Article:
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IEEE 802.1Q Frame Format

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IEEE 802.1Q Frame Format

IEEE 802.1Q Frame Format


This document describes VLAN frame format and QinQ packet encapsulation format.

VLAN Frame Format

A switch identifies packets from different VLANs according to the information contained in its VLAN tags. IEEE 802.1Q adds a 4-byte VLAN tag between the Source/Destination MAC address and Length/Type fields of an Ethernet frame to identify the VLAN to which the frame belongs. Figure 1-1 shows the position of a VLAN tag in a VLAN data frame.

Figure 1-1 IEEE 802.1Q frame format

The following are the two types of Ethernet frames in a VLAN:

  • Tagged frame: frame with a 4-byte VLAN tag

  • Untagged frame: frame without a 4-byte VLAN tag

There are two main types of Ethernet links: access links (transmit untagged frames) and trunk links (transmit tagged frames). The two link types differ in the number of VLANs they can carry traffic for: an access link can carry traffic for only one VLAN, and therefore usually connects a switch to a user terminal, such as a host, a server, or an unmanaged switch; a trunk link can carry traffic for multiple VLANs, and as such usually connects a switch to another switch or a router. The frames transmitted on an access link are untagged frames, and the frames transmitted on a trunk link are tagged frames.

All frames processed on a switch carry VLAN tags. After receiving an untagged frame from a user terminal, the switch adds a VLAN tag to the frame, recalculates the frame check sequence (FCS), and then transmits the frame through a trunk link. Before sending the frame to a user terminal, the switch removes the VLAN tag, and sends the untagged frame to the terminal through an access link.

A VLAN tag contains four fields. Table 1 describes the fields.

Table 1-1 Fields in a VLAN tag






2 bytes

Tag Protocol Identifier (TPID), indicating the frame type.

The value 0x8100 indicates an IEEE 802.1Q frame. An 802.1Q-incapable device discards 802.1Q frames.

Device vendors can define their own TPID values, and users can then change the value to realize interconnection of devices from different vendors.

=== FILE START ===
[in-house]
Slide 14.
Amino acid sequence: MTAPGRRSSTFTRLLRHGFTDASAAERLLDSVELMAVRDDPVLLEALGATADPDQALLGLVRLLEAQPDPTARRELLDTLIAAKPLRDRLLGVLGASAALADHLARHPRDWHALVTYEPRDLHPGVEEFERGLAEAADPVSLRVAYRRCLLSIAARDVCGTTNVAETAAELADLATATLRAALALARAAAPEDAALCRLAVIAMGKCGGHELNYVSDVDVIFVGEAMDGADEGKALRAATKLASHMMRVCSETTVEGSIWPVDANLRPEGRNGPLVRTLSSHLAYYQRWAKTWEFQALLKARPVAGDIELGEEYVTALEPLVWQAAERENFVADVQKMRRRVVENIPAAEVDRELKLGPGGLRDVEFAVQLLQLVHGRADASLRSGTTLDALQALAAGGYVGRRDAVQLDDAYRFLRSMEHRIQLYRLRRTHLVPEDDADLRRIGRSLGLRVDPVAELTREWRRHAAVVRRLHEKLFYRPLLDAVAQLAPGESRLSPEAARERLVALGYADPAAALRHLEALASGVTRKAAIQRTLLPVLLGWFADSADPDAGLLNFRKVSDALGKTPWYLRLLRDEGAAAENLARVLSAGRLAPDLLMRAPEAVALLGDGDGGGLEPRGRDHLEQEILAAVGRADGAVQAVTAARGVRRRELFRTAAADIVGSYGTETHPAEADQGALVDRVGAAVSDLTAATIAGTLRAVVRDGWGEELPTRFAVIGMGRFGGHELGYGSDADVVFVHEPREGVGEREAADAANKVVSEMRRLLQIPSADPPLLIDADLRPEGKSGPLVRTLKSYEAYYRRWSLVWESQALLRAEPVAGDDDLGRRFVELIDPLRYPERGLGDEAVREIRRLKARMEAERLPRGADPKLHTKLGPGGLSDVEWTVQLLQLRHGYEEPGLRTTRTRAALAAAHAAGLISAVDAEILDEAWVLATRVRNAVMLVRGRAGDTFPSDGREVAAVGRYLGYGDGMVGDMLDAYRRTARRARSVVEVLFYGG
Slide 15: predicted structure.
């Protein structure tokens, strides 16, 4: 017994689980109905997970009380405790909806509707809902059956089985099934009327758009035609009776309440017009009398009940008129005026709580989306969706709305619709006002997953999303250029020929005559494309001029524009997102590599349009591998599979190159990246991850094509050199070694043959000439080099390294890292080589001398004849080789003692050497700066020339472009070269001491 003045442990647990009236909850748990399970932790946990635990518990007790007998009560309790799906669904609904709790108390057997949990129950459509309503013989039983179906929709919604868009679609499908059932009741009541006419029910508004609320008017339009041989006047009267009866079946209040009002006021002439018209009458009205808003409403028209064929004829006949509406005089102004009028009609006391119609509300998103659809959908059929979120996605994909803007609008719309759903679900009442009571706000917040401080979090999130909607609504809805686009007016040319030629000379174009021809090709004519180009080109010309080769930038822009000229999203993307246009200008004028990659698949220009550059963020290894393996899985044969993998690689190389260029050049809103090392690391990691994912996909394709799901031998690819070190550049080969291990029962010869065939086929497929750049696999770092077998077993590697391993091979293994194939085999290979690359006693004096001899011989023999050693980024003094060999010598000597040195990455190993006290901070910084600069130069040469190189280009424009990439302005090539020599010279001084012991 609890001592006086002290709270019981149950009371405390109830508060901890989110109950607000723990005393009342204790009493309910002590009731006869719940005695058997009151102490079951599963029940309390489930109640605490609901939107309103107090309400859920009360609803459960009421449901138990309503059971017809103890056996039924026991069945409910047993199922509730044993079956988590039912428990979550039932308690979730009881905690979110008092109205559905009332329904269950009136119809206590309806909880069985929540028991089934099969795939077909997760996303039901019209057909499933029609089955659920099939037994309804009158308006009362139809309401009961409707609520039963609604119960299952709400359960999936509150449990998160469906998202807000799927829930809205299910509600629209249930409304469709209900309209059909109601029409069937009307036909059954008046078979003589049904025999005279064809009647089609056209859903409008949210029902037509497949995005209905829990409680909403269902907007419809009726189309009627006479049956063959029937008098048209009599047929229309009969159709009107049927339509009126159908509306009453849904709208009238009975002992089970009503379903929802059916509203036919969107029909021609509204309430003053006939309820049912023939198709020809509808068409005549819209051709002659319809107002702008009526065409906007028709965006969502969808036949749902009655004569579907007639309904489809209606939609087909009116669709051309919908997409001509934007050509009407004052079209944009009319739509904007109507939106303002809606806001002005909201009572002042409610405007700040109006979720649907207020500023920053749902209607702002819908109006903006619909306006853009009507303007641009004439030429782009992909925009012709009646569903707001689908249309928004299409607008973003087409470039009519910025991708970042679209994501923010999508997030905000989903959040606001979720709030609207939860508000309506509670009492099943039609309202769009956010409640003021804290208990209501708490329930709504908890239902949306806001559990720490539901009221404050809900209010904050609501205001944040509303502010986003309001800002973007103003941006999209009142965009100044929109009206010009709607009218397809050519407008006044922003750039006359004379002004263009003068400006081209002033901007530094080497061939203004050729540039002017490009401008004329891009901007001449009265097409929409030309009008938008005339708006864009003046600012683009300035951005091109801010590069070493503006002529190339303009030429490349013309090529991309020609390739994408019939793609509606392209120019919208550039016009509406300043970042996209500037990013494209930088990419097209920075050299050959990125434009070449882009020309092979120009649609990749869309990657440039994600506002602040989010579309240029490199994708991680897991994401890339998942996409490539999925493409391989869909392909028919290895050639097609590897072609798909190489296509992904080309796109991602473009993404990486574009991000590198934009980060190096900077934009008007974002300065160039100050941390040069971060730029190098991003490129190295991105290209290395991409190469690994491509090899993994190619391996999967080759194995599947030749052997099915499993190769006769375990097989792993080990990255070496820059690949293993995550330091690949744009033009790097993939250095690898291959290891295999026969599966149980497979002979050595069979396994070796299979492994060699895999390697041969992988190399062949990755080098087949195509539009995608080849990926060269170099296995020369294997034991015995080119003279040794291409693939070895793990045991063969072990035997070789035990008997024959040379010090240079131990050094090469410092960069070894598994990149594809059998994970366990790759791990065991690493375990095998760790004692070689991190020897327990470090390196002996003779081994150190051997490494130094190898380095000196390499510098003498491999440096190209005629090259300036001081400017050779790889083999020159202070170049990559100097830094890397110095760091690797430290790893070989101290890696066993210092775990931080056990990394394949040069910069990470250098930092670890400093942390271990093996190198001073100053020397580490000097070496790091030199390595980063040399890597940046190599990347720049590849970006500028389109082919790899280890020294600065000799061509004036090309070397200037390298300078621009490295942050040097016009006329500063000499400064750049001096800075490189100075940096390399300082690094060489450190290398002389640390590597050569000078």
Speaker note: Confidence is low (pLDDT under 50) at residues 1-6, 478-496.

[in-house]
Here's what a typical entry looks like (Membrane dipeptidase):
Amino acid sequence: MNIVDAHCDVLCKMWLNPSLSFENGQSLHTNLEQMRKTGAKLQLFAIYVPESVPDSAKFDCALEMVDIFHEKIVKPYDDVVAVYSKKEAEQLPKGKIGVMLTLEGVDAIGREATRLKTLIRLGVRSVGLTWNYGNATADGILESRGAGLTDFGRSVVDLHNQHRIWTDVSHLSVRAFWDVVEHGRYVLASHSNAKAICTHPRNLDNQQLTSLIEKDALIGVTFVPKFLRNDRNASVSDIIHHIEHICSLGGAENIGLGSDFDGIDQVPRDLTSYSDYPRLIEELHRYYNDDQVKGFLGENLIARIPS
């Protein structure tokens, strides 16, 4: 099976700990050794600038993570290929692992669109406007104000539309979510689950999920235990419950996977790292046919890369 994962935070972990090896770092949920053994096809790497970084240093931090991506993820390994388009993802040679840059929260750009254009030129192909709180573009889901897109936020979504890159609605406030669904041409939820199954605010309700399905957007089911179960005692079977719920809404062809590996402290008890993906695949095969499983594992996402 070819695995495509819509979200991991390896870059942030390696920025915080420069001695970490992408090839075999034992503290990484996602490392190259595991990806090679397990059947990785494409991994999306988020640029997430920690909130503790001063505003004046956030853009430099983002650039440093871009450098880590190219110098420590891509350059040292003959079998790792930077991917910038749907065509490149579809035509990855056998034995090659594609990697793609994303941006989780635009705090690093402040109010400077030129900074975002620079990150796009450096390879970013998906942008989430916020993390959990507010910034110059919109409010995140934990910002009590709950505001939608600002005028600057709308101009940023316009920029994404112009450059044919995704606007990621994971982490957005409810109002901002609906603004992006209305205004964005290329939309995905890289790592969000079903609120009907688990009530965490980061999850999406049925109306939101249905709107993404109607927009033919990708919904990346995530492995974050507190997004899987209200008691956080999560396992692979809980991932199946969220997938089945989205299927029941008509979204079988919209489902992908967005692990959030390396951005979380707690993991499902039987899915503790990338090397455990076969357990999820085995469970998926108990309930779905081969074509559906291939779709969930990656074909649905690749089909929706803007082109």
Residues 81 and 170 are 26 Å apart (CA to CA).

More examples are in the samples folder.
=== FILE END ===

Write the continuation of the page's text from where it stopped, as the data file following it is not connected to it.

3 bits

Priority (PRI), indicating the 802.1p priority of a frame.

The value is in the range from 0 to 7. A larger value indicates a higher priority. If congestion occurs, the switch sends packets with the highest priority first.


1 bit

Canonical Format Indicator (CFI), indicating whether a MAC address is encapsulated in canonical format over different transmission media. CFI is used to ensure compatibility between Ethernet and token ring networks.

The value 0 indicates that the MAC address is encapsulated in canonical format, and the value 1 indicates that the MAC address is encapsulated in non-canonical format. The CFI field has a fixed value of 0 on Ethernet networks.


12 bits

VLAN ID (VID), indicating the VLAN to which a frame belongs.

The VLAN ID is in the range from 0 to 4095. The values 0 and 4095 are reserved, and therefore available VLAN IDs are in the range from 1 to 4094.

QinQ Packet Encapsulation Format

However, because the 12-bit VLAN tag field defined in IEEE 802.1Q identifies a maximum of 4096 VLANs, the number of users that 802.1Q VLANs can identify and isolate on metro Ethernet networks (MANs) is insufficient. To address this issue, QinQ is developed to expand VLAN space beyond 4096 VLANs so that a larger number of users can be identified on MANs. QinQ is developed to expand VLAN space by adding an additional 802.1Q tag to an 802.1Q packet. This increases the number of VLANs to 4094 x 4094.

The switch forwards packets over a public network according to the outer VLAN tag carried in the packets, and learns MAC addresses from the outer VLAN tag. The inner VLAN tag in the packets is forwarded as payload of the packets. QinQ is applied in scenarios other than simply to expand VLAN space. For example, because the inner and outer VLAN tags can be used to differentiate packets based on users and services, the inner tag can represent a user and the outer tag can represent a service.

Figure 1-2 802.1Q encapsulation and QinQ encapsulation

Frame Size

The maximum frame length allowed by each interface on a carrier network should be at least 1504 bytes to accommodate the additional length of QinQ packets compared with 802.1Q packets. By default, the maximum frame length allowed on a switch is larger than 1504 bytes and so does not require modification.


Different carriers may use different TPID values in outer VLAN tags of QinQ frames. To ensure that QinQ frames sent from a Huawei device can be transmitted across a carrier network, set the TPID value to that used by the carrier. Table 1-2 provides some of the common protocol types and their TPID values, which should not be used in such cases.

Table 1-2 Protocol types and values


Protocol Type























Updated: 2019-07-23

Document ID: EDOC1100088104

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